-- Samadhirāja Sūtra

User avatar
PuerAzaelis
Posts: 958
Joined: Thu Jun 02, 2016 1:37 pm

Re: The "Self" in Tibetan Buddhism

Post by PuerAzaelis » Fri Nov 24, 2017 7:57 pm

Simon E. wrote:
Fri Nov 24, 2017 7:35 pm
It depends on context. But as we are discussing a phrase used by someone who appears to like being enigmatic its anyone's guess what he had in mind... ;)
Straw dogs, straw men ... I didn't know there was a difference!?!?

Anyway I don't like being enigmatic but ...

http://tvtropes.org/pmwiki/pmwiki.php/M ... eHasToDoIt
Generally, enjoyment of speech is the gateway to poor [results]. So it becomes the foundation for generating all negative emotional states. Jampel Pawo, The Certainty of the Diamond Mind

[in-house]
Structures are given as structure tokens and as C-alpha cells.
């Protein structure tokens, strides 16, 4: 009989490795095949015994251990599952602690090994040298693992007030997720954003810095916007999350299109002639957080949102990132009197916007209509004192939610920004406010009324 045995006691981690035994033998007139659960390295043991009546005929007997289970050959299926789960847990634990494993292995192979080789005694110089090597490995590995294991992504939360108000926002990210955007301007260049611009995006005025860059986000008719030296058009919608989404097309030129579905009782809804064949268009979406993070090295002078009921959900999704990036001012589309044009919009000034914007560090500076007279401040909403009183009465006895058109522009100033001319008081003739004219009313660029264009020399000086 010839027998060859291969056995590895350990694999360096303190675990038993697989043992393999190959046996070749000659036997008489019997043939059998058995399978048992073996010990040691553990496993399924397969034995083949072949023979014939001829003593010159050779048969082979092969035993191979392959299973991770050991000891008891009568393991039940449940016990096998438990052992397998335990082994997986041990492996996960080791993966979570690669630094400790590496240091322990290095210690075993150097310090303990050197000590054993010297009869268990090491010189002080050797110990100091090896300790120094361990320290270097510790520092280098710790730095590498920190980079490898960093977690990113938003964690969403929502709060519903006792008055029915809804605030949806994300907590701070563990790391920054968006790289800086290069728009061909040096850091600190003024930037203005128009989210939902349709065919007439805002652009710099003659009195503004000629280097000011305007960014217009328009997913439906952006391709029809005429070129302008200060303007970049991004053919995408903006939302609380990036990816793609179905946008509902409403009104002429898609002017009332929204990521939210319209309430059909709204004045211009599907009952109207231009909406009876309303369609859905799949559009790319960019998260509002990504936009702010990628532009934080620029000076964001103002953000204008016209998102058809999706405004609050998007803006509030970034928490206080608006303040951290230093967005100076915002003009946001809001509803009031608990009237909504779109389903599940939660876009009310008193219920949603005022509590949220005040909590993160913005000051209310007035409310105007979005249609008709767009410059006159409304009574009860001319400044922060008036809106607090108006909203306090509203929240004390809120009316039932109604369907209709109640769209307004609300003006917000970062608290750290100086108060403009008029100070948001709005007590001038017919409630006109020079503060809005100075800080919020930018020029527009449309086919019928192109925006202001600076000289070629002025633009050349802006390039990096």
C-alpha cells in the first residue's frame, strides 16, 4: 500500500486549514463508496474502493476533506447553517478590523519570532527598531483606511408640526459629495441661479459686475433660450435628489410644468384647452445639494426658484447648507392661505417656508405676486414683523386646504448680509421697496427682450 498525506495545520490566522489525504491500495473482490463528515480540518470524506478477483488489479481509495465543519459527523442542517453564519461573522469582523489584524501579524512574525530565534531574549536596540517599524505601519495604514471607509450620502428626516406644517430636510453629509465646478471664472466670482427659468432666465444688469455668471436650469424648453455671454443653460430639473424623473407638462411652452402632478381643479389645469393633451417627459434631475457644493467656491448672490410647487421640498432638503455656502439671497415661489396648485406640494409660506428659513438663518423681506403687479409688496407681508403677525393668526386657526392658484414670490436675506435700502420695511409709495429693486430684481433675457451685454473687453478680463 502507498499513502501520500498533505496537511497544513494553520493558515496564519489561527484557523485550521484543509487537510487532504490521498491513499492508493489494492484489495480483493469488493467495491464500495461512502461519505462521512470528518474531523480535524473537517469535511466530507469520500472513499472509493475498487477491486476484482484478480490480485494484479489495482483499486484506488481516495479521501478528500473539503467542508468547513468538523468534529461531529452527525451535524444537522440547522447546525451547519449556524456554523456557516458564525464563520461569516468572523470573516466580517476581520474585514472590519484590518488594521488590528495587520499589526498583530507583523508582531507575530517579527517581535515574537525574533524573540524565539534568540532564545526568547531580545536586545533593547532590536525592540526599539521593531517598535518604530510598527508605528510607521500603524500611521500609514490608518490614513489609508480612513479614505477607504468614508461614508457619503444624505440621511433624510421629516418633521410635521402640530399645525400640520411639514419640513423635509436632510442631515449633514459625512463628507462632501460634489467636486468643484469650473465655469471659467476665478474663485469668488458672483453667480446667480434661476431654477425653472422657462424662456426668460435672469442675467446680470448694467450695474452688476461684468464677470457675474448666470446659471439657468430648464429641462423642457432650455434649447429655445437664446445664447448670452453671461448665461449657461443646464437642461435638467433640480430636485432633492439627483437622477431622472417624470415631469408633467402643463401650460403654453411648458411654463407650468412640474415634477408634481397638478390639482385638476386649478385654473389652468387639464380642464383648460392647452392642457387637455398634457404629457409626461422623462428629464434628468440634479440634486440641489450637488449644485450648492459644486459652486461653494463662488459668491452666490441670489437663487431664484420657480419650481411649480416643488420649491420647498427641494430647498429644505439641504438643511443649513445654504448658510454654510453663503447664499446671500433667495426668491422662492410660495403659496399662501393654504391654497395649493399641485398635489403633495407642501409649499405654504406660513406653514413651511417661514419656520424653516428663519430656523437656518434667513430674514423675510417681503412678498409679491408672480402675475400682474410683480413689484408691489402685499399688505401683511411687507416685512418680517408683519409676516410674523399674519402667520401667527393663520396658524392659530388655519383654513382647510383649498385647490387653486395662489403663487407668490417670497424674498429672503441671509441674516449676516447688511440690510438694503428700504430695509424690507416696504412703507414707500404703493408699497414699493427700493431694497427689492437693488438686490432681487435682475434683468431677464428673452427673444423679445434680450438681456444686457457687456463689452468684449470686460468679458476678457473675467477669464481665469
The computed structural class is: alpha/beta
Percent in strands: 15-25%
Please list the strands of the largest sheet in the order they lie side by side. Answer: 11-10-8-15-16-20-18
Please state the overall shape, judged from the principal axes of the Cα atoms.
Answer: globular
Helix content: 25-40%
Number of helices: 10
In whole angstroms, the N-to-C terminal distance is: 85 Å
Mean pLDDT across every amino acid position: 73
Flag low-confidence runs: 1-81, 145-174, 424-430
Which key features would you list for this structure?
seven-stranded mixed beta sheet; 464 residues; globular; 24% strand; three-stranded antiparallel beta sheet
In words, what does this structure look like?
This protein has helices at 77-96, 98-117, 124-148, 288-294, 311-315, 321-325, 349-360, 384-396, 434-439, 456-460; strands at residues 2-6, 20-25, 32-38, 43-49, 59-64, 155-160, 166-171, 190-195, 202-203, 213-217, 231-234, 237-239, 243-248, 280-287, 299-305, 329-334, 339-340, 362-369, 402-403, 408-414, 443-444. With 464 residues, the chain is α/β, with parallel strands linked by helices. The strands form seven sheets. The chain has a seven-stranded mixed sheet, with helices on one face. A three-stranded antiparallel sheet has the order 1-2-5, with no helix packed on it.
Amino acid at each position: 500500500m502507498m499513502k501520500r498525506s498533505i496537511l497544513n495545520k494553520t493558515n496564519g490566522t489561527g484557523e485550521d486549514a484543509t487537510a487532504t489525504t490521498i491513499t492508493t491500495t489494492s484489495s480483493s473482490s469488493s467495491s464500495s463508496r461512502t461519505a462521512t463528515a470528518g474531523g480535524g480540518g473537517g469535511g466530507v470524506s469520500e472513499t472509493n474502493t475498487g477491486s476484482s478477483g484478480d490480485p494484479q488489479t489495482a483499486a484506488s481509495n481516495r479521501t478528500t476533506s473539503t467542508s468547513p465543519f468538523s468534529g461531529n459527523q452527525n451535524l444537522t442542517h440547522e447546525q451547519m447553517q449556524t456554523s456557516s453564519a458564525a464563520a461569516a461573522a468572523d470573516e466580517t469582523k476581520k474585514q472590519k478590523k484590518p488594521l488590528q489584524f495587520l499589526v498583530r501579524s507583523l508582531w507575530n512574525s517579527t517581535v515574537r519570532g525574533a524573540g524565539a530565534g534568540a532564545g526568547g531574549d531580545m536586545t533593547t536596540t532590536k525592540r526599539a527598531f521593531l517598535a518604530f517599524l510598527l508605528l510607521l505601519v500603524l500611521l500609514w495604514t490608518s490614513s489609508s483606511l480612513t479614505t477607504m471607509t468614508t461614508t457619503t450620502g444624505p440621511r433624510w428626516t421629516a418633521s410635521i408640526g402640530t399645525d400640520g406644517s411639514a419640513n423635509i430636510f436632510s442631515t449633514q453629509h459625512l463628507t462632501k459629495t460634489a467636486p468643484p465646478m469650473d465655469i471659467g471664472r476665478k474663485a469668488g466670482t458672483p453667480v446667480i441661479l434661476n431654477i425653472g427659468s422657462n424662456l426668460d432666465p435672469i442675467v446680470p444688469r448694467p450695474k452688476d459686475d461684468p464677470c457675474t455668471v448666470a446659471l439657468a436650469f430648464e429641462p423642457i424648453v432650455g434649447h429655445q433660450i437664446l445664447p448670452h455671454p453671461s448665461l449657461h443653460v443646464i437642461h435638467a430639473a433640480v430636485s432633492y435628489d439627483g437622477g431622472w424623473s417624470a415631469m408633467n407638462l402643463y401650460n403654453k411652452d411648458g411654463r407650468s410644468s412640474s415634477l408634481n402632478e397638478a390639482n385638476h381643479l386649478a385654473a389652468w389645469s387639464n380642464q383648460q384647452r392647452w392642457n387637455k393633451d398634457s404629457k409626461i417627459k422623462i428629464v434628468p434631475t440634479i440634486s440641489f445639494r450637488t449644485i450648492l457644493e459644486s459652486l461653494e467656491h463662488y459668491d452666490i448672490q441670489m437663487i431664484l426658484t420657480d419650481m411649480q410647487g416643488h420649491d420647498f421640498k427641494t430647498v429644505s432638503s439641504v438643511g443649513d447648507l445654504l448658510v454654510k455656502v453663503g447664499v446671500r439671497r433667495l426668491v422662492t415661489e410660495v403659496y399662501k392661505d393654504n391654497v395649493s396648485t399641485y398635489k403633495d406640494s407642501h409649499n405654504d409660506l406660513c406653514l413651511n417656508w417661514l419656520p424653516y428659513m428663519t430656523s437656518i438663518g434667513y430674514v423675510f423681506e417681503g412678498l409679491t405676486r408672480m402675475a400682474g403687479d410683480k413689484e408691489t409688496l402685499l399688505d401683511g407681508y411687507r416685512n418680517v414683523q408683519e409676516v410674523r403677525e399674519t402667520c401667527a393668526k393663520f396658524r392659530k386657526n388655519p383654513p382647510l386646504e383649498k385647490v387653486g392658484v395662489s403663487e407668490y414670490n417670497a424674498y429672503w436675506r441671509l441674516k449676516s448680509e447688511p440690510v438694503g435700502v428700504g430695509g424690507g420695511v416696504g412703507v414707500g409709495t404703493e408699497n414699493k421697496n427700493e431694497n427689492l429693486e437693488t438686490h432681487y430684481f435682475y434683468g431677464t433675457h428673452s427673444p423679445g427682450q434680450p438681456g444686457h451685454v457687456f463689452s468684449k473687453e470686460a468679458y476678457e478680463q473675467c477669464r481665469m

For posts from this user, see Karma Dondrup Tashi account.

User avatar
dzogchungpa
Posts: 6333
Joined: Sat May 28, 2011 10:50 pm

Re: The "Self" in Tibetan Buddhism

Post by dzogchungpa » Fri Nov 24, 2017 8:14 pm

PuerAzaelis wrote:
Fri Nov 24, 2017 7:57 pm
Simon E. wrote:
Fri Nov 24, 2017 7:35 pm
It depends on context. But as we are discussing a phrase used by someone who appears to like being enigmatic its anyone's guess what he had in mind... ;)
Straw dogs, straw men ... I didn't know there was a difference!?!?

Anyway I don't like being enigmatic but ...

http://tvtropes.org/pmwiki/pmwiki.php/M ... eHasToDoIt


Oh man, I'm totally having a flashback to this now:

There is not only nothingness because there is always, and always can manifest. - Thinley Norbu Rinpoche

krodha
Posts: 2440
Joined: Mon Nov 28, 2011 10:30 pm

Re: The "Self" in Tibetan Buddhism

Post by krodha » Fri Nov 24, 2017 8:33 pm

srivijaya wrote:
Fri Nov 24, 2017 9:43 am
The Jonangpas have an interesting take on it and quite a history to go with it.